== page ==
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ESPN introduced several new video technologies to enhance its coverage of the 101st Indianapolis 500, broadcast yesterday. ESPN deployed more than 80 cameras to televise the race–in what is now referred to as the “IZOD IndyCar Series”–including four onboard HD cameras per car, in at least nine of the 33 cars competing in the race.

ESPN also used dual-path technology for the first time, permitting views from two onboard cameras on the same car at the same time. ESPN deployed 11 Robovision systems for its coverage at the 100th running of the Indy 500. Robovision’s remote pan-bar system allows a camera operator to remotely control the wall-mounted robotic camera via a traditional pan-bar system.

Rich Feinberg, ESPN vice president, motorsports production said that ESPN will use its “Batcam,” a camera that runs on a cable over pit road and the frontstretch and can move at more than 80 mph. “We can use it for beauty shots, crowd shots… we can also use it for coverage as the cars are coming down the frontstretch headed towards turn one,” Feinberg said. “It’s an exciting shot, unique to that racetrack, and offers some glorious views of the pageantry of the Indianapolis 500.”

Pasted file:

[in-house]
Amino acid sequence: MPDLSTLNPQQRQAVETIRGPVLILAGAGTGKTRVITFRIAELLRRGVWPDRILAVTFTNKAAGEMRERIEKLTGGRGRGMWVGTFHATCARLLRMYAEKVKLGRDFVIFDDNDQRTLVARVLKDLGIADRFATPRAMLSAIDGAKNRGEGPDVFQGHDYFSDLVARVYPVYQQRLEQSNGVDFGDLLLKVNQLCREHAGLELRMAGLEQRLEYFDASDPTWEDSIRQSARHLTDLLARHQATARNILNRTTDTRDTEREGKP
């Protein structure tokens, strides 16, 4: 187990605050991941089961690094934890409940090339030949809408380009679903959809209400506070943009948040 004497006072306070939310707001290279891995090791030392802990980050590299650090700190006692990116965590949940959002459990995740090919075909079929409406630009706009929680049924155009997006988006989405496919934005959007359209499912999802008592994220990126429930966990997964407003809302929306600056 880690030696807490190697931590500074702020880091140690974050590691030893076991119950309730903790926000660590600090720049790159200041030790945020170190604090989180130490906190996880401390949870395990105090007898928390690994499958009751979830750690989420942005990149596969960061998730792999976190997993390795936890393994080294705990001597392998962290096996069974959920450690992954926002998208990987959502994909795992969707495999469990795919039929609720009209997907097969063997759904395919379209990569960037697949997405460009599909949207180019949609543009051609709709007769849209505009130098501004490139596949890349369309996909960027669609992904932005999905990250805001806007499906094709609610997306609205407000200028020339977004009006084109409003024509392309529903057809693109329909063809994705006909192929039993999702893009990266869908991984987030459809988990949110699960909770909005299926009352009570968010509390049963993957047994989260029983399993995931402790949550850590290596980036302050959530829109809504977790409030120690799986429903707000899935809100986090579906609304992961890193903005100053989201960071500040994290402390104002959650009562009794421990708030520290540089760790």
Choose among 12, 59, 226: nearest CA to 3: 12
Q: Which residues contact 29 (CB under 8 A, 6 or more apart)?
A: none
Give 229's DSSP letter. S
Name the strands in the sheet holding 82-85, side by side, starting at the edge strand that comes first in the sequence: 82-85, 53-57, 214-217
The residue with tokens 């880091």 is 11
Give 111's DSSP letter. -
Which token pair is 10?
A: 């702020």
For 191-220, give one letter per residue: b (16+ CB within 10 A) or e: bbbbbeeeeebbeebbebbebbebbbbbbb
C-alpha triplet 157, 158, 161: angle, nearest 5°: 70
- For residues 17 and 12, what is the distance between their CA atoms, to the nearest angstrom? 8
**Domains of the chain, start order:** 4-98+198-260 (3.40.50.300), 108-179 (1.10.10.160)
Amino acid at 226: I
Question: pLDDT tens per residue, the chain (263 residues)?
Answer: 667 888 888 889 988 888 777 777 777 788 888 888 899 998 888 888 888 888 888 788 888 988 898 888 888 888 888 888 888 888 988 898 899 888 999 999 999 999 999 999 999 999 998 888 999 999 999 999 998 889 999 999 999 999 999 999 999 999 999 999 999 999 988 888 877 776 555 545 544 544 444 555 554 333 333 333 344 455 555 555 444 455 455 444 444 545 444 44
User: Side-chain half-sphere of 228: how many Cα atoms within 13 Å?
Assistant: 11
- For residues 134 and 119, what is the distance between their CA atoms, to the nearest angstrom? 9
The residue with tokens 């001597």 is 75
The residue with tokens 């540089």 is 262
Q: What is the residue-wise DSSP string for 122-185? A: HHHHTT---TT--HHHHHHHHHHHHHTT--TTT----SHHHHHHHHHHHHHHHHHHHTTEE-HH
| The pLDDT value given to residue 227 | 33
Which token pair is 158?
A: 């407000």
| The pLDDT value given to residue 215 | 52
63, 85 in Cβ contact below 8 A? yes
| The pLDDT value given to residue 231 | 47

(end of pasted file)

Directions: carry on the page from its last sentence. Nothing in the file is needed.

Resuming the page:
Views and replays were enhanced by the first Indianapolis 500 use of NAC Hi-Motion II ultra-slo-mo cameras that shoot at a frame rate of 1000 fps, and located in the short chutes at each end of the 2.5 mile track as well as at the fourth turn and exit.

In another Indy 500 first, viewers of the ABC telecast will be able to choose live streaming video from the onboard cameras on ESPN3, ESPN’s multiscreen live sports network. ESPN3 will carry the feeds exclusively through WatchESPN, Indycar.com to fans who receive their Internet or video subscription from an affiliated provider. Viewers will be able to choose which driver’s onboard cameras they want to watch. ESPN3 will also have replays of the ABC telecast following the event, and on You Tube.

Dario Franchitti won his third Indianapolis 500 race yesterday. The Nielsen TV ratings have been down recently for the Indianapolis 500 and the interactive components are hoped to increase viewership. The final broadcast ratings may be delayed until Wednesday.

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